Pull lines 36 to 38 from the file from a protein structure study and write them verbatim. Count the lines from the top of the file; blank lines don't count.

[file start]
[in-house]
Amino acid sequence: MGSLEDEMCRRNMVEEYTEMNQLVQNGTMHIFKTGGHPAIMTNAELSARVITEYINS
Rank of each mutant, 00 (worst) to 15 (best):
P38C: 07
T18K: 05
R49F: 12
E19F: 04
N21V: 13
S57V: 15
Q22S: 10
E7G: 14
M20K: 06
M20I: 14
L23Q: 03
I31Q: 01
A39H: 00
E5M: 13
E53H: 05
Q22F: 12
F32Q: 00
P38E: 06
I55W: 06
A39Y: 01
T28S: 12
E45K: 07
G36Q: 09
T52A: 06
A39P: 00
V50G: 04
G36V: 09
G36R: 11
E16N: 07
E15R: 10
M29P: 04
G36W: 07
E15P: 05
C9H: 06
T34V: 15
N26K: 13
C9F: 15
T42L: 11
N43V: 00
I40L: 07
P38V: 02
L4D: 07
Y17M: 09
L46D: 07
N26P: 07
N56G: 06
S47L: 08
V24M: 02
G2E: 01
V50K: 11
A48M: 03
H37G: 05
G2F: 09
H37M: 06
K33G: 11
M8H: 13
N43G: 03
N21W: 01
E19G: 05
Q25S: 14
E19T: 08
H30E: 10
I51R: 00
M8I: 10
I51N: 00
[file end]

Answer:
E15P: 05
C9H: 06
T34V: 15